The arrhythmogenesis of atrial fibrillation is associated with the presence of fibrotic atrial tissue. Not only fibrosis but also physiological anatomical variability of the atria and the thorax reflect in altered morphology of the P wave in the 12-lead electrocardiogram (ECG). Distinguishing between the effects on the P wave induced by local atrial substrate changes and those caused by healthy anatomical variations is important to gauge the potential of the 12-lead ECG as a non-invasive and cost-effective tool for the early detection of fibrotic atrial cardiomyopathy to stratify atrial fibrillation propensity. In this work, we realized 54,000 combinations of different atria and thorax geometries from statistical shape models capturing anatomical variability in the general population. For each atrial model, 10 different volume fractions (0-45%) were defined as fibrotic. Electrophysiological simulations in sinus rhythm were conducted for each model combination and the respective 12-lead ECGs were computed. P wave features (duration, amplitude, dispersion, terminal force in V1) were extracted and compared between the healthy and the diseased model cohorts. All investigated feature values systematically in- or decreased with the left atrial volume fraction covered by fibrotic tissue, however value ranges overlapped between the healthy and the diseased cohort. Using all extracted P wave features as input values, the amount of the fibrotic left atrial volume fraction was estimated by a neural network with an absolute root mean square error of 8.78%. Our simulation results suggest that although all investigated P wave features highly vary for different anatomical properties, the combination of these features can contribute to non-invasively estimate the volume fraction of atrial fibrosis using ECG-based machine learning approaches.
C. Nagel, S. Schuler, O. Dössel, and A. Loewe. A bi-atrial statistical shape model for large-scale in silico studies of human atria: model development and application to ECG simulations. In Medical Image Analysis, vol. 74, pp. 102210, 2021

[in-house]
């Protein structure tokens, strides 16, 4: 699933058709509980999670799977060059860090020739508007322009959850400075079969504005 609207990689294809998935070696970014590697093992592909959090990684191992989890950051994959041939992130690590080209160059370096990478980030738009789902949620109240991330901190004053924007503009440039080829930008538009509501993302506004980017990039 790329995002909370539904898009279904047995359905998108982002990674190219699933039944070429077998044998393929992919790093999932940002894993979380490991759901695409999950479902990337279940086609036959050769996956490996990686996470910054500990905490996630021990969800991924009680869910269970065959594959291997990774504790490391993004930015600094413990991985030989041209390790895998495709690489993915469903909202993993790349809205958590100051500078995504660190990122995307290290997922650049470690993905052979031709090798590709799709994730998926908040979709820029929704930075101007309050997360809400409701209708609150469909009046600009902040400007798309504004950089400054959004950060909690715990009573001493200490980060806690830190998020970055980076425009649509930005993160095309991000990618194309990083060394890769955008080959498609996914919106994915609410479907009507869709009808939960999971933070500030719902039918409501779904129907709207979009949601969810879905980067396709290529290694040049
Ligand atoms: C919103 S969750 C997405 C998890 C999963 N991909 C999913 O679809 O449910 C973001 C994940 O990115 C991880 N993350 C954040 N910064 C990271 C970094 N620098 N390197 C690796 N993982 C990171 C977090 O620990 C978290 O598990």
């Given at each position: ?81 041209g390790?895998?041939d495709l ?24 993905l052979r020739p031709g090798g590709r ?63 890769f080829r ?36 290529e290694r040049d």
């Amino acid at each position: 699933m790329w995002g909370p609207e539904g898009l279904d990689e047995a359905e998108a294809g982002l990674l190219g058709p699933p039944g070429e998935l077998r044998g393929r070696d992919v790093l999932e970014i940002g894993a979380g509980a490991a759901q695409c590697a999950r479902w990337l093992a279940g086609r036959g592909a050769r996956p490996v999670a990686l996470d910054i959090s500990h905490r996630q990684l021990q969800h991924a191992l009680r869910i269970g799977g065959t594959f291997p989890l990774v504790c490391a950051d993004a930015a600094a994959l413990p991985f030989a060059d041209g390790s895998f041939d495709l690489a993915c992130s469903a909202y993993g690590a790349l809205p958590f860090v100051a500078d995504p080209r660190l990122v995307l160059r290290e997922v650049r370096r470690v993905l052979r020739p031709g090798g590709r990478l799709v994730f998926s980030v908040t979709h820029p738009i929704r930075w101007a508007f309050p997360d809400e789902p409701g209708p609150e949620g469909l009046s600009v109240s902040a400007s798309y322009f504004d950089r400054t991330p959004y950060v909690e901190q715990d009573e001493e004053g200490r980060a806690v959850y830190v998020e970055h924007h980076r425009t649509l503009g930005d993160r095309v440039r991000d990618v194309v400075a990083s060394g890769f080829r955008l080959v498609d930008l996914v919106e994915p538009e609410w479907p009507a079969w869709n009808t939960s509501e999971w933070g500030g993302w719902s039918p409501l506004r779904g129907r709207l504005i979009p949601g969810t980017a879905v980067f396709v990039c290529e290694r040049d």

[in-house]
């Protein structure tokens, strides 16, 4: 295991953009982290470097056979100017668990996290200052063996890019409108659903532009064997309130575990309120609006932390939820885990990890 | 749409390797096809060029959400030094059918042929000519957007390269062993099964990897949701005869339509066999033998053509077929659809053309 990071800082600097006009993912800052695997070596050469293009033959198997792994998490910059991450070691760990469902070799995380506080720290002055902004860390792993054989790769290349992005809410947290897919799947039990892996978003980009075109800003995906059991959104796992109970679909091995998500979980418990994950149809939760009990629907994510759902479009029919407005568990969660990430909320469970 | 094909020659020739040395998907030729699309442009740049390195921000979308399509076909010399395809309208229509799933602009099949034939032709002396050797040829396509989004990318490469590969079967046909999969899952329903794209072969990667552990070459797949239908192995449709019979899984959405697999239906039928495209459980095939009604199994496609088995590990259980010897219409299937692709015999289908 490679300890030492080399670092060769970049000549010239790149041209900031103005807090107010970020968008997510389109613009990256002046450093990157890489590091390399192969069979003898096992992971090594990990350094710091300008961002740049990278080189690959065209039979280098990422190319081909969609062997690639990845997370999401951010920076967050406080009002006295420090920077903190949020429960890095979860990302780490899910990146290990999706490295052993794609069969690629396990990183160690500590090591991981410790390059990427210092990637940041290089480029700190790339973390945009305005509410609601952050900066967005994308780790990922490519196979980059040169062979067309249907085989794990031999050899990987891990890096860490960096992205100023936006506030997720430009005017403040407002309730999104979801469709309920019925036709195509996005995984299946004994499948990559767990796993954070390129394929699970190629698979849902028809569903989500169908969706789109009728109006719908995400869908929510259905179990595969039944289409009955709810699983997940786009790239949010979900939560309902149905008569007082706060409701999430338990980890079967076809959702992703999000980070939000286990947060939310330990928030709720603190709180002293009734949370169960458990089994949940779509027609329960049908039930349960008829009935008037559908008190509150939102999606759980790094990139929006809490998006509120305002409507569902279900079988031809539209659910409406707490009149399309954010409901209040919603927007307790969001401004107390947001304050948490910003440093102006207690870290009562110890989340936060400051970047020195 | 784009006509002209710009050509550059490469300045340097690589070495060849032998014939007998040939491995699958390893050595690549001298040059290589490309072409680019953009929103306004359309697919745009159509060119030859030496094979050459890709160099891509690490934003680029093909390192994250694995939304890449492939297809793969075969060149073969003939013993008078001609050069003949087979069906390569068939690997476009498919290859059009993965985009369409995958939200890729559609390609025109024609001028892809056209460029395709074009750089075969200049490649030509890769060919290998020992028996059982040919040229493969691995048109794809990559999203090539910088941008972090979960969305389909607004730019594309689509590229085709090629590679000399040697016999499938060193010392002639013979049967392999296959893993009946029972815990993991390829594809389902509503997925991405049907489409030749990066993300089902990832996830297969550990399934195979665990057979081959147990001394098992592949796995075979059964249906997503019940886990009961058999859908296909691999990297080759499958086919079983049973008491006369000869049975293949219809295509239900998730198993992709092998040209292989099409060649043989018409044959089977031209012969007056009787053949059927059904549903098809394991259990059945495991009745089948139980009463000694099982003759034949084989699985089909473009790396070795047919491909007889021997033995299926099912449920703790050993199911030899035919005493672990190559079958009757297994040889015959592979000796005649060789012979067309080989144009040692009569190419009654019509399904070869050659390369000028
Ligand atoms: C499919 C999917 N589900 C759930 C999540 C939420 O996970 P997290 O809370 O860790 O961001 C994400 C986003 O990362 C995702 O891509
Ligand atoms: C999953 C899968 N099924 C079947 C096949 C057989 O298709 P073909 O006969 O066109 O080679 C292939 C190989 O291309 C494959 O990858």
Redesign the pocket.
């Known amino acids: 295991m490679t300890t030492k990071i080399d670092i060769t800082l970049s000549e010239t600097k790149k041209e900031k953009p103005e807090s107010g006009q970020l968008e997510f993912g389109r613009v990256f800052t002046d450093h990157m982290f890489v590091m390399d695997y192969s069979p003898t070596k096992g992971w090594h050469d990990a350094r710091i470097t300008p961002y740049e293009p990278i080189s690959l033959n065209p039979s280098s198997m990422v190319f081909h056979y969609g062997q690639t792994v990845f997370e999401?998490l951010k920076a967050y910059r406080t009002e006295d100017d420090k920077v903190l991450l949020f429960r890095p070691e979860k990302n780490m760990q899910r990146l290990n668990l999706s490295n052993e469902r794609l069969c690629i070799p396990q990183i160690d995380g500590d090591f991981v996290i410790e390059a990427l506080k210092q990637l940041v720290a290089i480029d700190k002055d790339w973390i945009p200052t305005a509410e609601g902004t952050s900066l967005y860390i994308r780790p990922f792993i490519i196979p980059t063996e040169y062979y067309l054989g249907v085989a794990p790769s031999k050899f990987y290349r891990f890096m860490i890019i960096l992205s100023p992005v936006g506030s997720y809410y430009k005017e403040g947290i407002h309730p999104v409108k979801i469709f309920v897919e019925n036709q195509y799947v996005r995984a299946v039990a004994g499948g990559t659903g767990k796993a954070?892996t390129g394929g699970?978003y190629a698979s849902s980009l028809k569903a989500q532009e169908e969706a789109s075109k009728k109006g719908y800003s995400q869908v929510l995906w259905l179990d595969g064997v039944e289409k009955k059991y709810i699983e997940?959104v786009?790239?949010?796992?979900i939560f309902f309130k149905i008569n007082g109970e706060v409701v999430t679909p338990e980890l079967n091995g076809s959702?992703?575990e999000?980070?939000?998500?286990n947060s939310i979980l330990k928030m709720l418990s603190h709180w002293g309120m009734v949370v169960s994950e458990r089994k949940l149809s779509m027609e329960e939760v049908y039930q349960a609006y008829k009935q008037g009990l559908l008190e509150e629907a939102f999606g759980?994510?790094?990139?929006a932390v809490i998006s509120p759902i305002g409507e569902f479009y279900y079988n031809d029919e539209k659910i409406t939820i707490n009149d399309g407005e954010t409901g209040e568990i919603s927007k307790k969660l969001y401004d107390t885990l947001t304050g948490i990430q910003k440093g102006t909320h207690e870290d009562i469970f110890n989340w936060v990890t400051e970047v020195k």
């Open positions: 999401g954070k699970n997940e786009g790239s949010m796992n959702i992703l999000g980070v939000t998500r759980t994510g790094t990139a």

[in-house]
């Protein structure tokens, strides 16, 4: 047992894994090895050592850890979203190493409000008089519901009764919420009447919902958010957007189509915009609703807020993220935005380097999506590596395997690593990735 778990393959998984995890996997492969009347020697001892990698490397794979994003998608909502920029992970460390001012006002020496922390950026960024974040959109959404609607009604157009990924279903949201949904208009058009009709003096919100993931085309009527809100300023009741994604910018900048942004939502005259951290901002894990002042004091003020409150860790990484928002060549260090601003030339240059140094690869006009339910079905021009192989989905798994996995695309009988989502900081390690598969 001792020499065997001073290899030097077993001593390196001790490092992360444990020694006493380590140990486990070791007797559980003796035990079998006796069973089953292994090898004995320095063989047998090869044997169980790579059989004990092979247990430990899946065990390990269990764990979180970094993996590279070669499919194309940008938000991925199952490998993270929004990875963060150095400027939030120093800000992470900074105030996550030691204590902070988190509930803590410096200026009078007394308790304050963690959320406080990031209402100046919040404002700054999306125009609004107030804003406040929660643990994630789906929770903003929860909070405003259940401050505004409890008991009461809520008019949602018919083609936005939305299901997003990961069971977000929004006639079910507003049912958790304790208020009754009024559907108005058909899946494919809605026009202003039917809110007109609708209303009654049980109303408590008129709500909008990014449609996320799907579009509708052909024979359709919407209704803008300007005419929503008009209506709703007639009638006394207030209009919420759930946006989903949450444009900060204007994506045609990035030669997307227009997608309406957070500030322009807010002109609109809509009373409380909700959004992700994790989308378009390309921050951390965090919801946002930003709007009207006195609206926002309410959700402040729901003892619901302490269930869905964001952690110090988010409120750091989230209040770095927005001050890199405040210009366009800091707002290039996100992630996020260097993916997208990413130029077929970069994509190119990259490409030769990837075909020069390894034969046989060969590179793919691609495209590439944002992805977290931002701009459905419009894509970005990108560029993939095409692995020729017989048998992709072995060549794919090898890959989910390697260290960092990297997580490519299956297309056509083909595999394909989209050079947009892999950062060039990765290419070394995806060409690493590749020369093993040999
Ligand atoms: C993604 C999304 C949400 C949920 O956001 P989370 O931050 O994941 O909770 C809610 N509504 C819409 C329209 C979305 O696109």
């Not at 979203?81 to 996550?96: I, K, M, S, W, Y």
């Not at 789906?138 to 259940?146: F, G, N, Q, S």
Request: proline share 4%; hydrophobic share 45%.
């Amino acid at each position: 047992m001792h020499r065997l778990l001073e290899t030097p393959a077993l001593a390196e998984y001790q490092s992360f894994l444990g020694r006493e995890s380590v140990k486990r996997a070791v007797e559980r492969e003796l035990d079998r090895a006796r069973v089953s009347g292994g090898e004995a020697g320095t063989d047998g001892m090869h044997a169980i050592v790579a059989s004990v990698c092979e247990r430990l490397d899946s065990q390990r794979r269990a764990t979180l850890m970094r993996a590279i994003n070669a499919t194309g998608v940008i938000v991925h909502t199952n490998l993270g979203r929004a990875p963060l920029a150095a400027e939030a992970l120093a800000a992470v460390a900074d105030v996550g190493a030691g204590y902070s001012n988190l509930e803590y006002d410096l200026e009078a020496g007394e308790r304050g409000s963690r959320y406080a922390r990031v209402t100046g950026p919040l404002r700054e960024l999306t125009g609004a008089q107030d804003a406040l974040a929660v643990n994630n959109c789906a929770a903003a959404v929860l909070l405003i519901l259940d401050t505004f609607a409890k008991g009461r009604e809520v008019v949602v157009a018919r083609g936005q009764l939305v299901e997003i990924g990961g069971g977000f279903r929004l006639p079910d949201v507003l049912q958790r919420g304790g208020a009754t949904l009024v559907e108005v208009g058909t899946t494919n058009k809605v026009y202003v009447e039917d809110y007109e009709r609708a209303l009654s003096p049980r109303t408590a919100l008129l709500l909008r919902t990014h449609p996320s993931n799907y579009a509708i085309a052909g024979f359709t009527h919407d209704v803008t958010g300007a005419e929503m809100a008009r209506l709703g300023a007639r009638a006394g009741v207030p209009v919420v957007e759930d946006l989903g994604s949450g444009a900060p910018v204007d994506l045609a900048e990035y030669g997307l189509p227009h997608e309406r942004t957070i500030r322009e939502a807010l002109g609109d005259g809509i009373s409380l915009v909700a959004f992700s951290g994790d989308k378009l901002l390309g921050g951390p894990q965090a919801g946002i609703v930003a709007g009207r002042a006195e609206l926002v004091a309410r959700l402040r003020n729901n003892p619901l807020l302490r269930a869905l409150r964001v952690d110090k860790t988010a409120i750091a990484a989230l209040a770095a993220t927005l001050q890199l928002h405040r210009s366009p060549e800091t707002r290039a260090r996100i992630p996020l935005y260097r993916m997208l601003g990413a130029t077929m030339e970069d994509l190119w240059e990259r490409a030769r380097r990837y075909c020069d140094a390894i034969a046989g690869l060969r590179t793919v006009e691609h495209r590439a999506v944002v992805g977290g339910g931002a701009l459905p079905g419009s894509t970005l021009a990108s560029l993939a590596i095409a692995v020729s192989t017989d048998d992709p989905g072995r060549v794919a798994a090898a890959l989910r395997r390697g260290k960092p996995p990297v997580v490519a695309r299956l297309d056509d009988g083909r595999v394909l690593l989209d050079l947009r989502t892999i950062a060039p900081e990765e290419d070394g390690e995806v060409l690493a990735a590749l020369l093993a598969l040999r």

Large-scale electrophysiological simulations to obtain electrocardiograms (ECG) carry the potential to pro- duce extensive datasets for training of machine learning classifiers to, e.g., discriminate between different cardiac pathologies. The adoption of simulations for these purposes is limited due to a lack of ready-to- use models covering atrial anatomical variability. We built a bi-atrial statistical shape model (SSM) of the endocardial wall based on 47 segmented human CT and MRI datasets using Gaussian process morphable models. Generalization, specificity, and compact- ness metrics were evaluated. The SSM was applied to simulate atrial ECGs in 100 random volumetric instances. The first eigenmode of our SSM reflects a change of the total volume of both atria, the second the asym- metry between left vs. right atrial volume, the third a change in the prominence of the atrial appendages. The SSM is capable of generalizing well to unseen geometries and 95% of the total shape variance is cov- ered by its first 24 eigenvectors. The P waves in the 12-lead ECG of 100 random instances showed a duration of 109 . 7 ±12 . 2 ms in accordance with large cohort studies. The novel bi-atrial SSM itself as well as 100 exemplary instances with rule-based augmentation of atrial wall thickness, fiber orientation, inter-atrial bridges and tags for anatomical structures have been made publicly available. This novel, openly available bi-atrial SSM can in future be employed to generate large sets of realistic atrial geometries as a basis for in silico big data approaches.